Poems & Short Stories: 4,271
Forum Members: 70,634
Forum Posts: 1,033,546
And over 2 million unique readers monthly!
The following morning, Emily and Grace, declining the invitation to join
the colonel and John in their usual rides, walked to the rectory,
accompanied by Mrs. Wilson and Chatterton. The ladies felt a desire to
witness the happiness that they so well knew reigned in the rectory, for
Francis had promised his father to drive Clara over in the course of the
day. Emily longed to see Clara, from whom it appeared that she had been
already separated a month. Her impatience as they approached the house
hurried her ahead of her companions, who waited the more sober gait of
Mrs. Wilson. She entered the parlor at the rectory without meeting any
one, glowing with exercise, her hair falling over her shoulders, released
from the confinement of the hat she had thrown down hastily as she reached
the door. In the room there stood a gentleman in deep black, with his back
towards the entrance, intent on a book, and she naturally concluded it was
"Where is dear Clara, Frank?" cried the beautiful girl, faying her hand
affectionately on his shoulder.
The gentleman turned suddenly, and presented to her astonished gaze the
well remembered countenance of the young man whose parent's death was not
likely to be forgotten at B----.
"I thought, sir," said Emily, almost sinking with confusion, "that Mr.
"Your brother 'has not yet arrived, Miss Moseley," simply replied the
stranger, who felt for her embarrassment. "But I will immediately
acquaint Mrs. Ives with your visit." Bowing, he delicately left the room.
Emily, who felt greatly relieved by his manner, immediately confined her
hair in its proper bounds, and had recovered her composure by the time her
aunt and friends joined her. She had not time to mention the incident, and
laughed at her own precipitation, when the rector's wife came into the
Chatterton and his sister were both known to Mrs. Ives, and both were
favorites. She was pleased to see them, and after reproaching the brother
with compelling her son to ask a favor of a comparative stranger, she
turned to Emily, and smilingly said--
"You found the parlor occupied, I believe?"
"Yes," said Emily, laughing and blushing, "I suppose Mr. Denbigh told you
of my heedlessness."
"He told me of your attention in calling so soon to inquire after Clara,
but said nothing more"--a servant just then telling her Francis wished to
see her, she excused herself and withdrew. In the door she met Mr.
Denbigh, who made way for her, saying, "your son has arrived, ma'am," and
in an easy but respectful manner he took his place with the guests, no
introduction passing, and none seeming necessary. His misfortunes appeared
to have made him acquainted with Mrs. Wilson, and his strikingly ingenuous
manner won insensibly on the confidence of those who heard him. Everything
was natural, yet everything was softened by education; and the little
party in the rector's parlor in fifteen minutes felt as if they had known
him for years. The doctor and his son now joined them. Clara had not come,
but she was looking forward in delightful expectation of to-morrow, and
wished greatly for Emily as a guest at the new abode. This pleasure Mrs.
Wilson promised she should have as soon as they had got over the hurry of
their visit; "our friends," she added, turning to Grace, "will overlook
the nicer punctilios of ceremony, where sisterly regard calls for the
discharge of more important duties. Clara needs the society of Emily just
"Certainly," said Grace, mildly; "I hope no useless ceremony on the part
of Emily would prevent her manifesting natural attachment to her sister--I
should feel hurt at her not entertaining a better opinion of us than to
suppose so for a moment."
"This, young ladies, is the real feeling to keep alive esteem," cried the
doctor, gaily: "go on, and say and do nothing of which either can
disapprove, when tried by the standard of duty, and you need never be
afraid of losing a friend that is worth keeping."
It was three o'clock before the carriage of Mrs. Wilson arrived at the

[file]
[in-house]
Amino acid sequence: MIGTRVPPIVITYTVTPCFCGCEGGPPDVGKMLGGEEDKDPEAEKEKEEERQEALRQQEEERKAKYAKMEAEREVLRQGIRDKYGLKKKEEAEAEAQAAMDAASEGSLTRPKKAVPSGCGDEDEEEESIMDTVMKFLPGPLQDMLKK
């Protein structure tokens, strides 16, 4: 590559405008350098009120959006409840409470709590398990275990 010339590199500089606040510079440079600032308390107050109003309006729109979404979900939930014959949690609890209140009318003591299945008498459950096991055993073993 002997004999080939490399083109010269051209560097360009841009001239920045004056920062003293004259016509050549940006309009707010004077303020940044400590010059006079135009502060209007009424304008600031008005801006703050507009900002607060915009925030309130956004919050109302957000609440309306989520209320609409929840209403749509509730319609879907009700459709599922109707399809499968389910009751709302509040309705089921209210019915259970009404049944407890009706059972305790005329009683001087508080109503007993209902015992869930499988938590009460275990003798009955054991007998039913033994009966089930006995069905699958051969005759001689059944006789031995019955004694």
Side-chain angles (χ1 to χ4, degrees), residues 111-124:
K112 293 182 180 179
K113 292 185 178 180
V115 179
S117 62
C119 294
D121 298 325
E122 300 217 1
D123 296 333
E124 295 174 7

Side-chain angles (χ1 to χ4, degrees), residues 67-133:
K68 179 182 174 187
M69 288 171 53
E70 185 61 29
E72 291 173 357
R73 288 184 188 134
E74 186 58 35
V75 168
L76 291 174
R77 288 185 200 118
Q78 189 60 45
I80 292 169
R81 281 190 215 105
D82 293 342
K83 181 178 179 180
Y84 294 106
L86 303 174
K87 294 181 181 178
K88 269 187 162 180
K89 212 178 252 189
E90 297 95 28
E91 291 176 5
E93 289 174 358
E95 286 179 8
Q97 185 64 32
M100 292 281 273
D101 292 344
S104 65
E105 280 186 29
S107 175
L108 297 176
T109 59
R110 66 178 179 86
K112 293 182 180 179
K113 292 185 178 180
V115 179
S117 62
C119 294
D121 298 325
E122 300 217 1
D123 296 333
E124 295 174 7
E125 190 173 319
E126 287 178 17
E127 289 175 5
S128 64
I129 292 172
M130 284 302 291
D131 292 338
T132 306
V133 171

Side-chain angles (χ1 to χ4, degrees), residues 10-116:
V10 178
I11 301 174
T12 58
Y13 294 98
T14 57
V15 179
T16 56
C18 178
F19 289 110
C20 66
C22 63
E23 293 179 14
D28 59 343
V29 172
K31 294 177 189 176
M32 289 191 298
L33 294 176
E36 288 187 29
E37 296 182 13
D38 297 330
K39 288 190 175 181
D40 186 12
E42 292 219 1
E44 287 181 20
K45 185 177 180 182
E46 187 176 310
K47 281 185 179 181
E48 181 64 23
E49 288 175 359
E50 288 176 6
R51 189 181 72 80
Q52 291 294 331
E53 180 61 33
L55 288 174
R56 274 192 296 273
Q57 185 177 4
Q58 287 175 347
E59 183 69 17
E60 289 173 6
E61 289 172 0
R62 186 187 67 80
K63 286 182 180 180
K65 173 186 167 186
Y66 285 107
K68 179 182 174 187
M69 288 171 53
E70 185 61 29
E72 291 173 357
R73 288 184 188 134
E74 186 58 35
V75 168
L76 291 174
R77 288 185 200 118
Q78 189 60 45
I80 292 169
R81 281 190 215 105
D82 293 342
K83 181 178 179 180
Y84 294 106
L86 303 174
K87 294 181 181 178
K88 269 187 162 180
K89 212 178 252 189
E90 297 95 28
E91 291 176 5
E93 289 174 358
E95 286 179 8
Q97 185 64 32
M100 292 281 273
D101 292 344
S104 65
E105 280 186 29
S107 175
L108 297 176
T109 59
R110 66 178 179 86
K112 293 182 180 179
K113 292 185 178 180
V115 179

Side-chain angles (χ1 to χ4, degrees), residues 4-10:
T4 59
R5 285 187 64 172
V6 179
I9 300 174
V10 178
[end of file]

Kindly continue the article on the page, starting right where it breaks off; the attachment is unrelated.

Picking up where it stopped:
rectory; and the time stole away insensibly in free and friendly
communications. Denbigh had joined modestly, and with the degree of
interest a stranger might be supposed to feel, in the occurrences of a
circle to which he was nearly a stranger; there was at times a slight
display of awkwardness, however, about both him and Mrs. Ives, for which
Mrs. Wilson easily accounted by recollections of his recent loss and the
scene they had all witnessed in that very room. This embarrassment escaped
the notice of the rest of the party. On the arrival of the carriage, Mrs.
Wilson took her leave.
"I like this Mr. Denbigh greatly," said Lord Chatterton, as they drove
from the door; "there is something strikingly natural and winning in his
"In his matter too, judging of the little we have seen of him," replied
"Who is he, ma'am?"
"I rather suspect he is someway related to Mrs. Ives; her staying from
Bolton to-day must be owing to Mr. Denbigh, and as the doctor has just
gone he must be near enough to them to be neither wholly neglected nor yet
a tax upon their politeness. I rather wonder he did not go with them."
"I heard him tell Francis," remarked Emily, "that he could not think of
intruding, and he insisted on Mrs. Ives's going, but she had employments
to keep her at home."
The carriage soon reached an angle in the road where the highways between
Bolton Castle and Moseley Hall intersected each other, at a point on the
estate of the former. Mrs. Wilson stopped a moment to inquire after an
aged pensioner, who had lately met with a loss in business, which she was
fearful must have greatly distressed him. In crossing a ford in the little
river between his cottage and the market-town, the stream, which had been
swollen unexpectedly higher than usual by heavy rains, had swept away his
horse and cart loaded with the entire produce of his small field, and with
much difficulty he had saved even his own life. Mrs. Wilson had not had it
in her power until this moment to inquire particularly into the affair, or
to offer the relief she was ever ready to bestow on proper objects.
Contrary to her expectations, she found Humphreys in high spirits, showing
his delighted grand-children a new cart and horse which stood at the door,
and exultingly pointing out the excellent qualities of both. He ceased
talking on the approach of the party, and at the request of his ancient
benefactress he gave a particular account of the affair.
"And where did you get this new cart and horse, Humphreys?" inquired Mrs.
Wilson, when he had ended.
"Oh, madam, I went up to the castle to see the steward, and Mr. Martin
just mentioned my loss to Lord Pendennyss, ma'am, and my lord ordered me
this cart, ma'am, and this noble horse, and twenty golden guineas into
the bargain to put me on my legs again--God bless him for it, for ever!"
"It was very kind of his lordship, indeed," said Mrs. Wilson,
thoughtfully: "I did not know he was at the castle."